Tokyo - Toyota Motor Corp is relying on deeper cost cuts and a government-backed sales boost as it forecasts a slightly shallower annual loss, underscoring doubts over a sustainable recovery in demand.
Toyota, the world's biggest automaker, slipped to its third quarterly loss in a row as sales sank in Japan, Europe and the United States with job losses mounting and credit still tight, and expects to lose a record $7.9 billion this business year.
While the global downturn is hammering automakers everywhere, Toyota's results contrasted with surprising first-quarter profits at domestic rivals Honda Motor Co and Nissan Motor Co.
"Toyota lowered its loss forecasts, but it booked a loss for April-June. That is slightly unsatisfactory, compared with Honda and Nissan, which turned profitable for the period," said Fujio Ando, senior managing director at Chibagin Asset Management.
Toyota lifted its global vehicle sales by 100 000 vehicles to 6.6 million on the back of rising demand in Japan, where the government is offering generous incentives on hybrids, but it remained cautious on sales elsewhere.
"Demand is being supported to a large extent by government schemes, and it's difficult to get a read on how much this will translate into a fundamental recovery in demand," senior managing director Takahiko Ijichi told a news conference.
Some help from US
A "cash-for-clunkers" scheme introduced in the United States helped limit Toyota's US sales drop to 11% last month, but Ijichi said he would gauge performance over the next two months before deciding on any revisions to its sales forecast for the region.
Toyota's production is gradually picking up, most notably to assemble more of the Prius hybrid car, for which customers in Japan are waiting at least eight months for delivery.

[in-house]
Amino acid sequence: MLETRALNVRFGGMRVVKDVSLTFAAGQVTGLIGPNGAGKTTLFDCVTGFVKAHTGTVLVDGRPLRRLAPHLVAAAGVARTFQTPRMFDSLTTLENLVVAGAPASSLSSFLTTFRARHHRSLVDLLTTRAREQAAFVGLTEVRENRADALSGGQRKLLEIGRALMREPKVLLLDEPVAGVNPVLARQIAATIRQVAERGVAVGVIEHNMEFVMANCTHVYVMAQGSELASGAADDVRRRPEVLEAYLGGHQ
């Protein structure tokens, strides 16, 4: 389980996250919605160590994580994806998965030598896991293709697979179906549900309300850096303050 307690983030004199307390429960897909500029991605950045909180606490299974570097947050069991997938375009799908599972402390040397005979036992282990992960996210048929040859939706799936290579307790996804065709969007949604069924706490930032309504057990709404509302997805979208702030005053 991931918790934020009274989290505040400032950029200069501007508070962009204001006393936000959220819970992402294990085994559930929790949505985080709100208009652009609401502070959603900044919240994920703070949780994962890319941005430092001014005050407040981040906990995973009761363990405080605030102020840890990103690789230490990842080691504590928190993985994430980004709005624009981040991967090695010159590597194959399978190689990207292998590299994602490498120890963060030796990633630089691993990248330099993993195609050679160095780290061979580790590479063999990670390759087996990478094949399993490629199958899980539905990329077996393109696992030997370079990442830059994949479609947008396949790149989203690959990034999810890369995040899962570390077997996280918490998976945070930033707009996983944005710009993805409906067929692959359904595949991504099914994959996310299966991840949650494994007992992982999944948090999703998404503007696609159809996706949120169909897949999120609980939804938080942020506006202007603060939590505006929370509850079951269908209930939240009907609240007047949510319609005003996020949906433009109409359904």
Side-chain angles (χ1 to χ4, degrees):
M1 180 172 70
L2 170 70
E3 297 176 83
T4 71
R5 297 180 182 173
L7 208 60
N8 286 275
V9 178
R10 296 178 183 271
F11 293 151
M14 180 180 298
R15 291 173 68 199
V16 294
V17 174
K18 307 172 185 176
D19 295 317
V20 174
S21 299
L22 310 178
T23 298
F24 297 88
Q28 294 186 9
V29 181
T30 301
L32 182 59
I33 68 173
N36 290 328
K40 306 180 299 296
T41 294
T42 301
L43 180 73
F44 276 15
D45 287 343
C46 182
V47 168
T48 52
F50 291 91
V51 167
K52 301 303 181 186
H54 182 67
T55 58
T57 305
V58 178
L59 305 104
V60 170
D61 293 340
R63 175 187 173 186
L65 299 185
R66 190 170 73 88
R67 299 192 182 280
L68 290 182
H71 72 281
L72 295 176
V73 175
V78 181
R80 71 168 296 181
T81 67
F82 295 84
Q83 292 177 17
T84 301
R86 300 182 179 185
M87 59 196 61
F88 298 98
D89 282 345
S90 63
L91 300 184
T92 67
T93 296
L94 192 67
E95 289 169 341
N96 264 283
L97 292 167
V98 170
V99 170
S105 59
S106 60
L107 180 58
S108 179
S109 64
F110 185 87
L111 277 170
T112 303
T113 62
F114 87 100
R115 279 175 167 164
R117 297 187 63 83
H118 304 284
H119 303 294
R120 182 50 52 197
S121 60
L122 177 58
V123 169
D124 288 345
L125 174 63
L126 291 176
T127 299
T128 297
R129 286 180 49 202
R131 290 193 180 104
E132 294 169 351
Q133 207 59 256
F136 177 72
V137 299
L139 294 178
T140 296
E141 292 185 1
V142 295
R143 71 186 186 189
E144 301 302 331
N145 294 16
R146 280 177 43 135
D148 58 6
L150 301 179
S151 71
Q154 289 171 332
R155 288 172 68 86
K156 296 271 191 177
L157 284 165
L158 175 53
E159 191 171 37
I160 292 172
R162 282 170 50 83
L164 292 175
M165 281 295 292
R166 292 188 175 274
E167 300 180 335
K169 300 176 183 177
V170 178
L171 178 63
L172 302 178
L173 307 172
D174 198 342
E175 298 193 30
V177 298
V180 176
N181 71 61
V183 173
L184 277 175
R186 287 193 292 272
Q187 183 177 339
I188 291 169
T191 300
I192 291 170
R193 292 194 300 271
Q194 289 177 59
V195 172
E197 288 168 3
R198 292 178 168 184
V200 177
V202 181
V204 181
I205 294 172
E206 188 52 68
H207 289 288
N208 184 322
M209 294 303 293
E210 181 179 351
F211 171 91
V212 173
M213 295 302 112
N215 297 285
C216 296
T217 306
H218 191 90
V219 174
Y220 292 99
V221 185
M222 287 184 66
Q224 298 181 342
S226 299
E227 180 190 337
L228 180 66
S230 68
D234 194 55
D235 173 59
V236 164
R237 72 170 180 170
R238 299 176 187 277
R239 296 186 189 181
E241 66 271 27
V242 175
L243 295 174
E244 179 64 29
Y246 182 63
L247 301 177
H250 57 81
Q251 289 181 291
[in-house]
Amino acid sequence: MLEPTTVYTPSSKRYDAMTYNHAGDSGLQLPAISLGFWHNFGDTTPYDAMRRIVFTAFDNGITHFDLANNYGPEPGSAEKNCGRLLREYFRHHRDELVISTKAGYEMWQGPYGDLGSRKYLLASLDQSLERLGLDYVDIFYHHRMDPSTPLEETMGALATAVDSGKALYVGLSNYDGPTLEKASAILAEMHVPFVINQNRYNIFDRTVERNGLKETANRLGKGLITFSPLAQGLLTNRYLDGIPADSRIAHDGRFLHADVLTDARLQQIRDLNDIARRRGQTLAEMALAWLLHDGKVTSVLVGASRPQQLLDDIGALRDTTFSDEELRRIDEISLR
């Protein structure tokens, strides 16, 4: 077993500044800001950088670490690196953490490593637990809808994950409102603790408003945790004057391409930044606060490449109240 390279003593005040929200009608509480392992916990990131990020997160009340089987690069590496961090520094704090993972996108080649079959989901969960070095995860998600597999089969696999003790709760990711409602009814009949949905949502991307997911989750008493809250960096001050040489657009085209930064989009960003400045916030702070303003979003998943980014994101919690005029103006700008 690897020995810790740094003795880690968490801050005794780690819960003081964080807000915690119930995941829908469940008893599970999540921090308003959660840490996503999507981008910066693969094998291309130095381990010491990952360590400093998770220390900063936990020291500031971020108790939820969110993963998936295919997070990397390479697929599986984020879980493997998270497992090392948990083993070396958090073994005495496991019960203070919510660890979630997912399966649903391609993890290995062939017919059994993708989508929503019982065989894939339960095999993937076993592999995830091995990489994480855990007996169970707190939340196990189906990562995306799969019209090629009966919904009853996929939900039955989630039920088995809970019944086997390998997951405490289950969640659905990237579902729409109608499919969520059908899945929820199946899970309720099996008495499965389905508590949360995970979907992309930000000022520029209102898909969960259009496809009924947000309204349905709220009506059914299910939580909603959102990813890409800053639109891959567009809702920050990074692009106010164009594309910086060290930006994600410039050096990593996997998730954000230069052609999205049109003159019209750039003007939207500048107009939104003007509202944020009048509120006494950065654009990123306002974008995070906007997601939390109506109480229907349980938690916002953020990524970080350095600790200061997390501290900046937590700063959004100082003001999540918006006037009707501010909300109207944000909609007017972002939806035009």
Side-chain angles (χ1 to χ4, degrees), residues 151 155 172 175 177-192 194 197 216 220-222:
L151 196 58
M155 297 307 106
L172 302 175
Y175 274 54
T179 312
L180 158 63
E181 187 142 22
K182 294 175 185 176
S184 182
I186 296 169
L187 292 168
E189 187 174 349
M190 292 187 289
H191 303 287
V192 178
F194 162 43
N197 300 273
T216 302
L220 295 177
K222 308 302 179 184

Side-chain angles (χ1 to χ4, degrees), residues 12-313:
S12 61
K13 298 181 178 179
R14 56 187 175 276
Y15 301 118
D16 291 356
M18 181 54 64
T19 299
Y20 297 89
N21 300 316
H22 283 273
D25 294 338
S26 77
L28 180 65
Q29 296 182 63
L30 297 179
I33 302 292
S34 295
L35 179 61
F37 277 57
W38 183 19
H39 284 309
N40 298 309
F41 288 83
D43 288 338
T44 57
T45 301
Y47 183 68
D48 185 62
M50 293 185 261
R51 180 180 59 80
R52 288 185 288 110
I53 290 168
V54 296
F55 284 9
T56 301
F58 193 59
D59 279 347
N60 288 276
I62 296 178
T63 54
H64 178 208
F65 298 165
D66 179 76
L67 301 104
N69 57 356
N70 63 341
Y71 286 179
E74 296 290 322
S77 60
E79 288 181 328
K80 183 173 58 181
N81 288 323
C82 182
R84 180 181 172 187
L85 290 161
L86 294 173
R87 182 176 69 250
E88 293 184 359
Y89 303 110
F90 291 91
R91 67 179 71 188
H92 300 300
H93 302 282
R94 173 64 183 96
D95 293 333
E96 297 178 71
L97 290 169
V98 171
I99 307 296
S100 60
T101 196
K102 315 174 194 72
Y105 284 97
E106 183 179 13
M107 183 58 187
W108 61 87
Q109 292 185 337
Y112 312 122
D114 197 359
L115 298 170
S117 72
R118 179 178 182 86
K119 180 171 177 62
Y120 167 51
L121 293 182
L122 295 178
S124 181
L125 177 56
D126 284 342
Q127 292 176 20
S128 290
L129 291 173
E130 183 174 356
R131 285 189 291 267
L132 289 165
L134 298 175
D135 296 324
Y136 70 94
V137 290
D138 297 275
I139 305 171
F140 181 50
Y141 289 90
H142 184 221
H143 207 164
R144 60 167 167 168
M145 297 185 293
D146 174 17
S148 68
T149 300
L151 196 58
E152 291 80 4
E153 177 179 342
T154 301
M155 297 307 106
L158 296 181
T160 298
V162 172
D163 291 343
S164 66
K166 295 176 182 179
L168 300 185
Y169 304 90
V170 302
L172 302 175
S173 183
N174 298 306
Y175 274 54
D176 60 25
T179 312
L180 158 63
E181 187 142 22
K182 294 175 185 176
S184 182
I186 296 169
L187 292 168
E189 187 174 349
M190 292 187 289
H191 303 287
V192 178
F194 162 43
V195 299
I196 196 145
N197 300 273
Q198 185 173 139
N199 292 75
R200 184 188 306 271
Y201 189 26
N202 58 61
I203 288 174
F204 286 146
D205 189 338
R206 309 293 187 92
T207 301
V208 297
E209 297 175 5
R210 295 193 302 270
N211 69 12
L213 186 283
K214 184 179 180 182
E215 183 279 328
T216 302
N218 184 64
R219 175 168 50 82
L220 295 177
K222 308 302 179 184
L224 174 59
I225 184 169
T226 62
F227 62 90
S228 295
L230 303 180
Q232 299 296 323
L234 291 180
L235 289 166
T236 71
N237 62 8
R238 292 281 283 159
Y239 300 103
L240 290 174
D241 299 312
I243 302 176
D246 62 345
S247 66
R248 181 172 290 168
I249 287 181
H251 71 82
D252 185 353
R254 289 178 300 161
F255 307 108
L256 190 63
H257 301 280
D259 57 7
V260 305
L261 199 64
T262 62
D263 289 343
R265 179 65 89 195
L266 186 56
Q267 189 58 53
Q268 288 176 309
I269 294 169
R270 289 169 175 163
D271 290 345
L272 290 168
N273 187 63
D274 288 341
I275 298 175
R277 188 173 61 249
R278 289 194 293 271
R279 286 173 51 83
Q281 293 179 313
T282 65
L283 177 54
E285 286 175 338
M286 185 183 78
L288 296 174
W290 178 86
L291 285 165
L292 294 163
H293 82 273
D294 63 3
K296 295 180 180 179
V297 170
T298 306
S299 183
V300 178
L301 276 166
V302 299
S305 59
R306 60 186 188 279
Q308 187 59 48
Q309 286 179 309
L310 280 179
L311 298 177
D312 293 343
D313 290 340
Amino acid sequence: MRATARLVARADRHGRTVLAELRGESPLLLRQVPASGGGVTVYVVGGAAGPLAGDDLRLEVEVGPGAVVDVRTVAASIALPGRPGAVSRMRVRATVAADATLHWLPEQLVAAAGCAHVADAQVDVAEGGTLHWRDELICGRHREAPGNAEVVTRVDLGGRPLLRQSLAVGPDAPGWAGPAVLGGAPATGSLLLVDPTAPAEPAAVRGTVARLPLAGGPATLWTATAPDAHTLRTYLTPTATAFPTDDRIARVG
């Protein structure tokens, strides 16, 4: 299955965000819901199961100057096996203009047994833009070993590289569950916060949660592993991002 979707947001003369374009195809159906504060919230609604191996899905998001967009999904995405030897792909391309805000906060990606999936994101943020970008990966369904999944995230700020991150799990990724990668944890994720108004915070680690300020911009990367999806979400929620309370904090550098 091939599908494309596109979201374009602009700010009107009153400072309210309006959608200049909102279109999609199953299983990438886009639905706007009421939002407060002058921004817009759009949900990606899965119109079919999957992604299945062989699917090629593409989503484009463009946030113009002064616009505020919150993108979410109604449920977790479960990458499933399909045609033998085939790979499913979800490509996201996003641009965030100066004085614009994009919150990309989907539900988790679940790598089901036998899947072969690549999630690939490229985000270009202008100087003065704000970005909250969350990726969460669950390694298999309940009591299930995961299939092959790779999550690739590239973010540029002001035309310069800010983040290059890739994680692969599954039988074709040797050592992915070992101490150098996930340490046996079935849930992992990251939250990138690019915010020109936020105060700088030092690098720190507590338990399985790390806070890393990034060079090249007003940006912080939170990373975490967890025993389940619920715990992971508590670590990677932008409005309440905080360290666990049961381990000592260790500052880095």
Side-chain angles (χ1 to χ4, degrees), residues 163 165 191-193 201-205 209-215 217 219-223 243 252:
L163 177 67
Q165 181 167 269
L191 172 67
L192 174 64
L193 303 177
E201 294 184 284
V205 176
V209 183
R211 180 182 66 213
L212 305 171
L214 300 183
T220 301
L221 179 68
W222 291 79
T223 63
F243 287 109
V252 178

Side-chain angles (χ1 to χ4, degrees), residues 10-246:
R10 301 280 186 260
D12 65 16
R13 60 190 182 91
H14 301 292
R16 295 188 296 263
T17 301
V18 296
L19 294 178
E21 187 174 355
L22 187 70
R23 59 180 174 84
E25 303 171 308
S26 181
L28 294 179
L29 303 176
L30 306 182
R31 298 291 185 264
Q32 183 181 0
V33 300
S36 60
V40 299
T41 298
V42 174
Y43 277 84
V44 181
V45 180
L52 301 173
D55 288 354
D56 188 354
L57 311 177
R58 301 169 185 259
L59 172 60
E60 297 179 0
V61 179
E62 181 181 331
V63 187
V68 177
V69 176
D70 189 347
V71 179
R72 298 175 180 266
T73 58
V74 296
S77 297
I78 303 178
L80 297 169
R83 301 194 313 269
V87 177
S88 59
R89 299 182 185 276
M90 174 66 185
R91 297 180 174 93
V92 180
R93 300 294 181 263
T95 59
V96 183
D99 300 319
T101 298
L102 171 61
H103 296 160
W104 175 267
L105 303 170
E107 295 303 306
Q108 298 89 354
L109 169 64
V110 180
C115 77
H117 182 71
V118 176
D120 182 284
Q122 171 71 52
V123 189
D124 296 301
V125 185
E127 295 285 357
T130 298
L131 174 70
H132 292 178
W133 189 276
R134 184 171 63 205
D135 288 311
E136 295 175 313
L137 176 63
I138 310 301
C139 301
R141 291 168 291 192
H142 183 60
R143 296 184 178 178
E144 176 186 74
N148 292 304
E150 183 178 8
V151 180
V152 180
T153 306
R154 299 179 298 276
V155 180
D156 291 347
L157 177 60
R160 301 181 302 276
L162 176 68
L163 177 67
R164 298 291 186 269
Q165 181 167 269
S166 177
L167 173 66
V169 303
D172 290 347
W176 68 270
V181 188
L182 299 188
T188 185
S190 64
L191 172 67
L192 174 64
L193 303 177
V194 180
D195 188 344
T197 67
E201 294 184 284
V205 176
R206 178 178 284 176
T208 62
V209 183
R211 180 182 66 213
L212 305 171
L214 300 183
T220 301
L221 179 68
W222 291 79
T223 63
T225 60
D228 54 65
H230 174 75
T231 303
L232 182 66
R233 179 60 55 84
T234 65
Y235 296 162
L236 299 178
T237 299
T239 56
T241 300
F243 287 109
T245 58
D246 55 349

But Ijichi said output was being held back by a shortage of batteries to run the vehicles, and the company was considering expanding capacity. Toyota's battery venture with Panasonic Corp has so far announced plans to double capacity to about 1 million units a year by the middle of 2010.
For the year to March 31, 2010, the maker of the Corolla and Tundra forecast an operating loss of 750 billion yen ($7.9 billion) and net loss of 450 billion yen, better than its projections three months ago for losses of 850 billion yen and 550 billion yen, respectively.
But its estimates are much more conservative than a consensus operating loss forecast of 467 billion yen, according to a poll of 22 analysts by Thomson Reuters, prompting speculation further revisions could follow.
More cuts to come
Toyota raised its cost savings target to 900 billion yen from 800 billion yen, through steps such as accelerating measures to eliminate quality-related costs and cutting labour costs through work-sharing.
In the April-June quarter, which saw two US automakers succumb to bankruptcy, Toyota made an operating loss of 194.9 billion yen ($2.04 billion). That compared with a profit of 412.6 billion yen a year earlier and a consensus loss estimate of 326 billion yen in a survey of five analysts by Thomson Reuters.
Toyota lost a net 77.8 billion yen, swinging from a profit of 353.7 billion yen in the first quarter a year ago. Revenue declined 38% to 3.84 trillion yen.
Profitability could improve in North America, where Toyota is preparing to dissolve a loss-making plant in California that it ran with General Motors before the US automaker left it behind in bankruptcy with Motors Liquidation Co.
A liquidation would likely result in a one-off loss, but it would help Toyota in the long run by raising the rate of capacity utilisation at its other North American factories, analysts said.